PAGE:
The White House pointedly praised the Federal Reserve yesterday for acting quickly to counter an unexpectedly large jump in the money supply even though the Fed's actions and financial market reactions have sent interest rates up sharply.
"We feel like it's an essential step at this time," Deputy White House Press Secretary Larry Speakes declared.
In an address delivered last night in New York City before an audience of business and economic writers, Murray Weidenbaum, chairman of the President's Council of Economic Advisers, added, "We welcome efforts by the Federal Reserve to improve its operating procedures. We support the system's perseverence in restraining excessive money supply growth, notwithstanding any short-term repercussions on interest rates as financial markets adapt to the new policy environment."
As a bulge developed last month in the weekly money supply figures, and it was not quickly reversed, the Fed steadily increased pressure on financial markets by reducing the availability of the reserves that banks must hold against deposits. These reserves consist essentially of vault cash and non-interest-bearing deposits that banks keep with the Fed itself.
Unfortunately for themselves, many participants in financial markets had been expecting interest rates generally to decline more or less steadily at least until midyear, and they had invested their money accordingly. As the Fed's pressure grew, interest rates turned upward with a vengence, with the banks' prime lending rate hitting 19 percent this week. Because prices of bonds and similar financial securities move inversely with interest rates, bond holders suffered large losses.
The Federal Reserve capped its actions Monday by increasing its discount rate -- the interest that the Fed charges when financial institutions borrow directly from it -- by a full percentage point to a record 14 pevent. It also upped the surcharge it imposes on large banks that borrow frequently from 3 percentage points to 4 points.
The unanimous vote by the seven members of the Federal Reserve Board to raise the discount rate masked differences among the board members over how far to go in increasing the rate. Some members wanted an even more vigorous step taken, while others preferred a smaller increase.
But in the end the 7-to-0 vote underscored the Fed's commitment to keep tight control of money supply growth. As Fed Governor J. Charles Partee noted yesterday, "It is a very significant point that the vote was unanimous."
While the administration is fully backing strong Federal Reserve action -- and indeed has been putting considerable pressure of its own on the central bank to encourage it to reduce growth of the money supply -- there is a hope that the future will not see such sharp ups and downs in interest rates which could harm economic growth.
For instance, press secretary Speakes said the White House is "hopeful" that increases in the discount rate will not be necessary in the future once President Reagan's budget and tax cuts are passed and begin to improve the economy.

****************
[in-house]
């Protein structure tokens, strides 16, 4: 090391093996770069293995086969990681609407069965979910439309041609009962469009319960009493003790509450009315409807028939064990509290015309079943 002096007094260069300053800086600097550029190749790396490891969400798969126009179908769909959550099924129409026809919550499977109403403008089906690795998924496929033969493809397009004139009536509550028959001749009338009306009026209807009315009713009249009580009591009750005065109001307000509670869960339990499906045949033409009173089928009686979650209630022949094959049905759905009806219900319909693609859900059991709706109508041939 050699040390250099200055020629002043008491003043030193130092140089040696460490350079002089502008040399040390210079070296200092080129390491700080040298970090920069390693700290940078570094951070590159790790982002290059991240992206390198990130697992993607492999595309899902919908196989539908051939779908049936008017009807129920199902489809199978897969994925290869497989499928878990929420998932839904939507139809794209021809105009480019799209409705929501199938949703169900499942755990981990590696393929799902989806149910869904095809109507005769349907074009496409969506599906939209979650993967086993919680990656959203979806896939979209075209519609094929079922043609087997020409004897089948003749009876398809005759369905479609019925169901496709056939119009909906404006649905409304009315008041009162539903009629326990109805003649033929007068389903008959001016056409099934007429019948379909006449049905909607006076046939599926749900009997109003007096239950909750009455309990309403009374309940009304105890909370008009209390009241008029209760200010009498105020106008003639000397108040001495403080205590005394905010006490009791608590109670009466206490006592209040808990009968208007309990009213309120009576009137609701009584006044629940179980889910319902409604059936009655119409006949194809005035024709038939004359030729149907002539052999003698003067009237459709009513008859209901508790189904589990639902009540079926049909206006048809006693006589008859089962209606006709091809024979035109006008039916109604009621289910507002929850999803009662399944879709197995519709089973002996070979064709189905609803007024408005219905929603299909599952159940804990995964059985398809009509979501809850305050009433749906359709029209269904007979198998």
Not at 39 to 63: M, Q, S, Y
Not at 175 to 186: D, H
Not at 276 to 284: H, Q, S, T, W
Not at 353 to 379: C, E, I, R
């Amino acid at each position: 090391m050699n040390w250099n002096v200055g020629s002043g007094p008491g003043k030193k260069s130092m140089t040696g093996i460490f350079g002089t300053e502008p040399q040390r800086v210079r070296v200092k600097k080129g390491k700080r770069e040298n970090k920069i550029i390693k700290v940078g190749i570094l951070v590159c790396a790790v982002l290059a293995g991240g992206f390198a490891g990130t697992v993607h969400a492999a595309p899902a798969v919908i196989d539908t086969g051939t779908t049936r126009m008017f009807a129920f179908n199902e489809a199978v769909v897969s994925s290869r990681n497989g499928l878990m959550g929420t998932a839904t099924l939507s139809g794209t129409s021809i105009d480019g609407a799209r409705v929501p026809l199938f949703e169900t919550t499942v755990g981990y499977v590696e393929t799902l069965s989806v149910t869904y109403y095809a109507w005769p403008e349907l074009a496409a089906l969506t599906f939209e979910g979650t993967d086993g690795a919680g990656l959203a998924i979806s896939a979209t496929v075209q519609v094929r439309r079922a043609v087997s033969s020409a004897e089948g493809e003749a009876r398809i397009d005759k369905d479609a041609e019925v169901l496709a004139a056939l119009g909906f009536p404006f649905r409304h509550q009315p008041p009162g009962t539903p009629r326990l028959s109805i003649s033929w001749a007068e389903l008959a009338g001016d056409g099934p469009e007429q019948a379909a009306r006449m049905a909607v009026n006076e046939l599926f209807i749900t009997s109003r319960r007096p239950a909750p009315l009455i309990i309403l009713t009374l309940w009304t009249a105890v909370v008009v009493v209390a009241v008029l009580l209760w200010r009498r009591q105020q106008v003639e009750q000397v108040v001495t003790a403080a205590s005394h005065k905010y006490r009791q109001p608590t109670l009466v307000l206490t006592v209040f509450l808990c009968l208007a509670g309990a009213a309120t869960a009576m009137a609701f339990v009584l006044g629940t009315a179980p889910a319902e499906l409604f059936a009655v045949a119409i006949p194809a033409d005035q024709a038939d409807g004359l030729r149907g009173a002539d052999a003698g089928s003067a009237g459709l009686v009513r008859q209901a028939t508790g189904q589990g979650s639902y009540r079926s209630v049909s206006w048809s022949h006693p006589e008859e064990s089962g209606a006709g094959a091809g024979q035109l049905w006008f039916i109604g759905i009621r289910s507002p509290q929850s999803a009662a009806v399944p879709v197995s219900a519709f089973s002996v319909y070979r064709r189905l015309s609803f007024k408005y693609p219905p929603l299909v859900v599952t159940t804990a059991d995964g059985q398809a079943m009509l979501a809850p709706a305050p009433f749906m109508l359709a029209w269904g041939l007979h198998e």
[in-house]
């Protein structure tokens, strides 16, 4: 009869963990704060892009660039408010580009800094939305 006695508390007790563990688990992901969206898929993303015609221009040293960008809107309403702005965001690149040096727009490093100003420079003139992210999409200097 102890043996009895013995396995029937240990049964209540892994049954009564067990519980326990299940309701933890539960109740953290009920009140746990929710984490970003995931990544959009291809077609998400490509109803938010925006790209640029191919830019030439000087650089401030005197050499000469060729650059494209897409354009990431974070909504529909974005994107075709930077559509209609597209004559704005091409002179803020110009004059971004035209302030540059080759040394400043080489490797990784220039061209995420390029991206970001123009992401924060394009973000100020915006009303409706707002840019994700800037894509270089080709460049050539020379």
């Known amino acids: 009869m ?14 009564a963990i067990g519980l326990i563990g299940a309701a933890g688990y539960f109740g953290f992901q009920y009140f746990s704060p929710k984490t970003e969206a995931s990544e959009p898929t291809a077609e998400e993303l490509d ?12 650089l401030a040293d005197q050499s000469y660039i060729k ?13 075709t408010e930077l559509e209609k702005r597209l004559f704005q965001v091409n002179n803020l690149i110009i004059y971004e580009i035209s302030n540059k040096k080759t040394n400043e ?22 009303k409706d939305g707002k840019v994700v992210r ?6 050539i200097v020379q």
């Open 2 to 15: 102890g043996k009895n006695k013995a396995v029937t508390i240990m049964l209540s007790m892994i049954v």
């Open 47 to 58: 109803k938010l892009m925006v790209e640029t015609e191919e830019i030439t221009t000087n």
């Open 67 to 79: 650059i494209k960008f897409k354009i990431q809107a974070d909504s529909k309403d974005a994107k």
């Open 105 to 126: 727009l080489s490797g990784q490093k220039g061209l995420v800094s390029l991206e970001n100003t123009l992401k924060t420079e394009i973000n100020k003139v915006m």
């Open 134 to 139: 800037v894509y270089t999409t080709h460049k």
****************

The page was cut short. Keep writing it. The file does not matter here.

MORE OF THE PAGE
But many analysts believe it will be quite some time before financial markets will be able to take in their stride those moves that the Fed will have to make continuously to keep money supply growth on target.
"It took a long time for the markets to become convinced that we were in an inflation-prone economy," said Judith Mackey, an economist who follows financial developments for Townsend-Greenspan & Co., a New York consulting firm.
"Now they are going to have to go through a period in which they see that the Fed does react under all situations [and] they will have to see the impact of the Reagan fiscal program," Mackey said. "That does not mean that long-term rates may not be [going] a bit too high right now and will not come back down later this year. But I suspect that those long rates will be sticking past a period in which they see fiscal and monetary policy" in place and working in a non-inflationary direction.
She added that the high level of long-term rates is evidence that the markets expect a fairly healthy economy with continued high inflation in 1982 and beyond.
Whatever expectations, the close focus by the Fed and the markets on money supply growth means that occasionally both are going to be surprised, just as they have been in the last few weeks and days. In the present instance, the economy has been stronger than forecast and that strength has led directly to greater increases in money than expected. "I don't know where it is coming from," said Steven Blitz of Data Resources Inc., another economic consulting firm, "but someone out there is borrowing money. The market thought for a month that the Fed was loosening up . . . but the market misread the Fed's intention."
There could be frequent collisions between the demand for money in the marketplace and the amount the Federal Reserve is willing to supply.